Gender sensitisation must start from childhood

Fatima Peter
Saturday, 16 December 2017

Riya and Raman are a modern day working couple. They are a financially independent couple who share most of the responsibilities of the family together. But when it comes to household chores of cooking, cleaning, washing clothes, keeping the household clean and childcare, most of the work is done by Riya. This story is not only about Riya or one working couple; this is a common scenario in most of the houses where most of the chores and childcare is done by women.

Riya and Raman are a modern day working couple. They are a financially independent couple who share most of the responsibilities of the family together. But when it comes to household chores of cooking, cleaning, washing clothes, keeping the household clean and childcare, most of the work is done by Riya. This story is not only about Riya or one working couple; this is a common scenario in most of the houses where most of the chores and childcare is done by women.

Many women these days take up jobs and are seen in working in many sectors but there is no change in the roles played by men in doing household chores. Across the globe, women are identified as ‘homemakers,’ the keepers of the family, who are responsible for the wellbeing of the children and the husbands.

A recent study says women in all age groups do more amount of unpaid work than men. Women put in more than double the proportion of unpaid work when it comes to cooking, childcare and housework. Men do less of such unpaid work, which includes adult care, child care, laundry and cleaning. The only area where men put in more unpaid work is the provision of transport - this includes driving themselves and others around, as well as commuting to work.

An expert in this field says our culture is such that the patriarchy of the work division of men and women is clearly drawn. Gender inequalities in all areas are rooted in our social structure and our attitude. In our society, men are supposed to go out and earn and spend the leftover time in leisure activities, whereas the basic responsibility of women is to take care of children and the household chores, even if she has taken up a job. Not only this, even many women feel that all the household chores and bringing up children are their duties, as many of them have seen their mothers or other women in society handling the job of household work and childcare single-handedly.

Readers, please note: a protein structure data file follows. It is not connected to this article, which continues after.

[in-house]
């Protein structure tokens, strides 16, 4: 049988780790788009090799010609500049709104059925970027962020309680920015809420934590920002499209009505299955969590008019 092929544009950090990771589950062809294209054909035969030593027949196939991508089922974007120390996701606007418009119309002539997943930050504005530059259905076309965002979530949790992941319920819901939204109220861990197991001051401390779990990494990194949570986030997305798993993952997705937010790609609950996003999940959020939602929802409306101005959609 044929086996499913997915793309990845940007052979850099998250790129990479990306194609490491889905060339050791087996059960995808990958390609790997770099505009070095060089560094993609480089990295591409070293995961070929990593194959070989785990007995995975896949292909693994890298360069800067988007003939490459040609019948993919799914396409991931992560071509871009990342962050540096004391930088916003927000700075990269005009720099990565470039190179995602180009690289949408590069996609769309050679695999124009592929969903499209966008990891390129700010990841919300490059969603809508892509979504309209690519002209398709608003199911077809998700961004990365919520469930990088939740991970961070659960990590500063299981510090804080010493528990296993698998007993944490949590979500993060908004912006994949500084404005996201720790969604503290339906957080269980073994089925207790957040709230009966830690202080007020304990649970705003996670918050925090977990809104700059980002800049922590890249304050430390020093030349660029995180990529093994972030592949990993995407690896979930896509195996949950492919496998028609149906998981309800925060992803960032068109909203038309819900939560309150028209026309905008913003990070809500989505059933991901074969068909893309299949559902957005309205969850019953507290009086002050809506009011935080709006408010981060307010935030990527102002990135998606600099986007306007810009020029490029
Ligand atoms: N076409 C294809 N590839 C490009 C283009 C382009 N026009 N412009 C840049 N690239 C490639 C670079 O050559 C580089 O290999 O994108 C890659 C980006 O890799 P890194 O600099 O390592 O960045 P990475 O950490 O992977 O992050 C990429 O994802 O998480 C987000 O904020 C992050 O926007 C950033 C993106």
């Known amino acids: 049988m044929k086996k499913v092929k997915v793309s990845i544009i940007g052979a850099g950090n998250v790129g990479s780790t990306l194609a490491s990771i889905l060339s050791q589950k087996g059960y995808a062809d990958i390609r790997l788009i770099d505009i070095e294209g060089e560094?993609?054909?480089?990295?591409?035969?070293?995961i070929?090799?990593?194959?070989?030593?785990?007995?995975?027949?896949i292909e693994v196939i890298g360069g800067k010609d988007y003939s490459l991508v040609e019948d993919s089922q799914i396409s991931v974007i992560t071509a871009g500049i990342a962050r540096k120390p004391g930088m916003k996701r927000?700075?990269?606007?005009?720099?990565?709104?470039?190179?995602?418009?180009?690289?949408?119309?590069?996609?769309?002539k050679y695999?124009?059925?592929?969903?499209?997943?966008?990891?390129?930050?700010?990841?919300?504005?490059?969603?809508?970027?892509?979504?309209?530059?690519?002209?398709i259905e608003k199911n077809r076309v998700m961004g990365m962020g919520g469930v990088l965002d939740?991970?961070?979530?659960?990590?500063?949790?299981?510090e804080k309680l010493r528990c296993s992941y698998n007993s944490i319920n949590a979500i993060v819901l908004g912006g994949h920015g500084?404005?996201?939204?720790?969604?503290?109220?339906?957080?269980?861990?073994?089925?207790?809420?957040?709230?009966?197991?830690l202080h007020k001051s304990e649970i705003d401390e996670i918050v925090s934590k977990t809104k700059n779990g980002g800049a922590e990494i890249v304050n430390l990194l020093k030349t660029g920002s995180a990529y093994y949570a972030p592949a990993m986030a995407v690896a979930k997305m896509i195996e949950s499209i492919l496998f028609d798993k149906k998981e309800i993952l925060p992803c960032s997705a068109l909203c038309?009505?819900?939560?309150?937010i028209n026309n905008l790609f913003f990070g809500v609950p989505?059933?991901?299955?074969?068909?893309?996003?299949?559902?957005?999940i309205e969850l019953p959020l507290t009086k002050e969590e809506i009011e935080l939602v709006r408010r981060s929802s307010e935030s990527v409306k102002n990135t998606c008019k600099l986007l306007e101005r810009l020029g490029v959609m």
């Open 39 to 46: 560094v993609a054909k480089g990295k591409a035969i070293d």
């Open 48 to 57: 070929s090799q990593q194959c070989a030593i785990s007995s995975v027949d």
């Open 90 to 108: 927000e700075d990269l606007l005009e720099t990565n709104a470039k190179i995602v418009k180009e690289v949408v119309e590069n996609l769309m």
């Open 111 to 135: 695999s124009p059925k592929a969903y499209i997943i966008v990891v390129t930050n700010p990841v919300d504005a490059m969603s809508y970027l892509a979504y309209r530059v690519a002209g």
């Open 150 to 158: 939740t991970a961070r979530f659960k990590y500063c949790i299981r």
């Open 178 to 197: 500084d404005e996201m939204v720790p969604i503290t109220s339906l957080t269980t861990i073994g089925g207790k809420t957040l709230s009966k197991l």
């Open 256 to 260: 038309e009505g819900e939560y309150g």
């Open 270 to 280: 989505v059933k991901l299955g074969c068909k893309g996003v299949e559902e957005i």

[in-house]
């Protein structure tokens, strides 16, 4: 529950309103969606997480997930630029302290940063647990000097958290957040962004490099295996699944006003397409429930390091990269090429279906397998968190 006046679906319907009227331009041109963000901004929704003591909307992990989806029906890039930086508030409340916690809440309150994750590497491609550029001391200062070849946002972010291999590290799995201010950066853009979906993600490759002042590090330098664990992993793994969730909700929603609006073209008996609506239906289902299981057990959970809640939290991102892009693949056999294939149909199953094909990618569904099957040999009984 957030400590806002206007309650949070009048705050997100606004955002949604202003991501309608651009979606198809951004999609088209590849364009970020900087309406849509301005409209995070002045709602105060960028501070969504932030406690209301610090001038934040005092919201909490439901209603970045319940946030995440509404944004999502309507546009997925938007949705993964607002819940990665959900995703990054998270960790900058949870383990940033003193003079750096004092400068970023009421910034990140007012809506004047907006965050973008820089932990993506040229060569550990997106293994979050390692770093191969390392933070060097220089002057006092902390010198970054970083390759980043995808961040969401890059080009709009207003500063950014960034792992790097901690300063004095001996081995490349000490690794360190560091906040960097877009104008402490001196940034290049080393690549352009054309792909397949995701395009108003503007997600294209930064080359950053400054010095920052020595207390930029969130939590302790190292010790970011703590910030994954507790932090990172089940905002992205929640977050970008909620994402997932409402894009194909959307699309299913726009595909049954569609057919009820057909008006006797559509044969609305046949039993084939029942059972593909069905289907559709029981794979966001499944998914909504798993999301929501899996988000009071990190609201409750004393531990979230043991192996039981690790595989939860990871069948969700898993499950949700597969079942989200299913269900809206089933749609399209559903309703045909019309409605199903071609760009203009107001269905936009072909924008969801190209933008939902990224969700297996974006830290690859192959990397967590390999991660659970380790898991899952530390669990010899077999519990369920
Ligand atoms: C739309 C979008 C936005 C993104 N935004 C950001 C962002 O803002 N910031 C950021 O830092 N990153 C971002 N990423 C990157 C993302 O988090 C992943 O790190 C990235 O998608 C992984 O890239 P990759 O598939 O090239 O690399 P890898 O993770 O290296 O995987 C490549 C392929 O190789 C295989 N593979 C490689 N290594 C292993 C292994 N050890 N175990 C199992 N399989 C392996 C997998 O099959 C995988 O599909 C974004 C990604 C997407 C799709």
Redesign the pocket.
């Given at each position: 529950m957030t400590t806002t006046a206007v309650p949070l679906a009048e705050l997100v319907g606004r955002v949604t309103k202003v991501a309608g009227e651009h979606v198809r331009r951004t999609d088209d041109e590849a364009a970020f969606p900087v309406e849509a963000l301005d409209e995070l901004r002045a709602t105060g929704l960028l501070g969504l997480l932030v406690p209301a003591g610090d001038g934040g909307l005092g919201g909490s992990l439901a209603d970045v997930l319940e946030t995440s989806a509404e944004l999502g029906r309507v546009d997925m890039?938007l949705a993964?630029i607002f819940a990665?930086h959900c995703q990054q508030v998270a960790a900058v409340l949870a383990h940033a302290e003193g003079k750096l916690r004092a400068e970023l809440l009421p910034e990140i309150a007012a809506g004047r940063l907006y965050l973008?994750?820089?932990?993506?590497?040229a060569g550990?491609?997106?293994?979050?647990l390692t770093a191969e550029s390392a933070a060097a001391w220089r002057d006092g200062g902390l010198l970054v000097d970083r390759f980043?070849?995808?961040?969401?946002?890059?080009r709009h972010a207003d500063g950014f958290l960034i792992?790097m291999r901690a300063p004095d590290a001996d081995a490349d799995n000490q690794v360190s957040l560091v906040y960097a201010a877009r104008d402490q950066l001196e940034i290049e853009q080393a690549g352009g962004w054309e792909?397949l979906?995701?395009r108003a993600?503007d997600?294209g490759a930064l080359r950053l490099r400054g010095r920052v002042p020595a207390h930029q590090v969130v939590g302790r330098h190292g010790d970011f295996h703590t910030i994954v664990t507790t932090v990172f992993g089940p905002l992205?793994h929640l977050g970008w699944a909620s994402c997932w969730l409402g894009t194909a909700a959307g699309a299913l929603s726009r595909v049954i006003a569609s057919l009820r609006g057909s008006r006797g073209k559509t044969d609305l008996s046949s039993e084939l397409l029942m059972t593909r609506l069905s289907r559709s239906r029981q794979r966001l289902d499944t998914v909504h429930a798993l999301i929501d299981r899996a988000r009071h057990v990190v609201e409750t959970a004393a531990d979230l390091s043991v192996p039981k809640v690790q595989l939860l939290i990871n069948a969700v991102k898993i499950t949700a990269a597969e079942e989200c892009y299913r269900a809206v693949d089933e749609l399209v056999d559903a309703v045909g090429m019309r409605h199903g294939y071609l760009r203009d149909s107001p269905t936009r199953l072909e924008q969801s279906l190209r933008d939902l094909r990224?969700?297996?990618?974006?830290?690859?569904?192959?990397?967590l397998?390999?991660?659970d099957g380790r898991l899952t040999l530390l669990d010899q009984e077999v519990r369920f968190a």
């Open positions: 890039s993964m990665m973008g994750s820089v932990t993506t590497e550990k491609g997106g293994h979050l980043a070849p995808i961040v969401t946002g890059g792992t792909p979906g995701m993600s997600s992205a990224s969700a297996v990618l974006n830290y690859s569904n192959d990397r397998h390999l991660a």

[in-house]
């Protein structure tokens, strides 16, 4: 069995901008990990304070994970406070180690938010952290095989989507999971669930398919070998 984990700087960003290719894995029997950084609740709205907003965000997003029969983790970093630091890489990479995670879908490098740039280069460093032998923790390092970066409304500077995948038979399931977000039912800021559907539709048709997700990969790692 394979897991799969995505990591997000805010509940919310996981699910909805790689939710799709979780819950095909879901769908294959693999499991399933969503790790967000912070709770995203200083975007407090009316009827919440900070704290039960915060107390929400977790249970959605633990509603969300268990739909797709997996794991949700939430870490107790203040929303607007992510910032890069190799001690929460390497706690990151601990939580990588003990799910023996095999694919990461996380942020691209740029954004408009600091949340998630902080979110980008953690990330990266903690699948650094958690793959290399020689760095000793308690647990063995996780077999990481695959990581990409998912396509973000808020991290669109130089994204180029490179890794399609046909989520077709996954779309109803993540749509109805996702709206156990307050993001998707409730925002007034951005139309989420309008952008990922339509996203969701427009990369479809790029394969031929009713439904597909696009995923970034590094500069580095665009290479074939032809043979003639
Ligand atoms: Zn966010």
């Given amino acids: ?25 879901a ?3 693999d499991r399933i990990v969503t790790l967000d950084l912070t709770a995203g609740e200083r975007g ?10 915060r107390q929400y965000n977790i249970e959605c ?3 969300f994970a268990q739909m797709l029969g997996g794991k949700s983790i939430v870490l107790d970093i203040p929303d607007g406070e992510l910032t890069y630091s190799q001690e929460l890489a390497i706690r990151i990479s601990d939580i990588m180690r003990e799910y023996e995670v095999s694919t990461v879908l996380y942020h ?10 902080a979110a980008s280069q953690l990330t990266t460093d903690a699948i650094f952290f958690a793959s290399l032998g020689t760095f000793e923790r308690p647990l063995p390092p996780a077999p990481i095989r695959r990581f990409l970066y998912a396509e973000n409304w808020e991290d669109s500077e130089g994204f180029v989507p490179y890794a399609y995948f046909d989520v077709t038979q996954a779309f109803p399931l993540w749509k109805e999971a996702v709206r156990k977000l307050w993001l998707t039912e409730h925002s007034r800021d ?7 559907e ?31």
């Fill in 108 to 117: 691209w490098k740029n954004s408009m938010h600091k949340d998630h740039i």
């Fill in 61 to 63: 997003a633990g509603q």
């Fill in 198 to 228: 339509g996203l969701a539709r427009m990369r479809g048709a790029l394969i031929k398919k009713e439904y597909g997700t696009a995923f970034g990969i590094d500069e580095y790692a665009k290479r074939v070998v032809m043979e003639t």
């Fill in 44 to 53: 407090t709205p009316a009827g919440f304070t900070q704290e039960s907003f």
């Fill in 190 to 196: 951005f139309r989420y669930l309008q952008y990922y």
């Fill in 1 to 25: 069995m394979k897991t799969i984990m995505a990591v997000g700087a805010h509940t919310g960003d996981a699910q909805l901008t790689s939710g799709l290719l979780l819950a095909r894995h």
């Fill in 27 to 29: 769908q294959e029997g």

Especially post childbirth, working women go on maternity leaves but the trend of men taking paternity leave is yet to seep into the minds of many. The Paternity Benefits Bill 2017 is still in progress but some corporates do offer paternity leaves. So, post the birth of the child, many women find it difficult to join back to work as the responsibility of the housework and childcare gives them less time. And these factors have a long-term impact on the economic factors, particularly for women’s employment.

Also, if we look at the leisure time spent by men and women, men tend to have more leisure time as compared to women. As women are involved in more household work and child rearing along with their career, it consumes most of their time and they get very little time for themselves.

The other drawback of this patriarchal system is that it has a very negative impact on children, especially young boys, who grow up to think that household chores and childcare are not their responsibility. And the circle of gender inequalities in the society continues.

There are many factors, which decide why women should do more household chores that include culture, taboos, religion, economic stability and upbringing.

To handle this situation and bring in change, there is a need for awareness and gender sensitisation among families and it should start right from childhood. If children are educated about equal gender roles in schools and if they see equal gender roles played by their family members, they will accept the change more easily.

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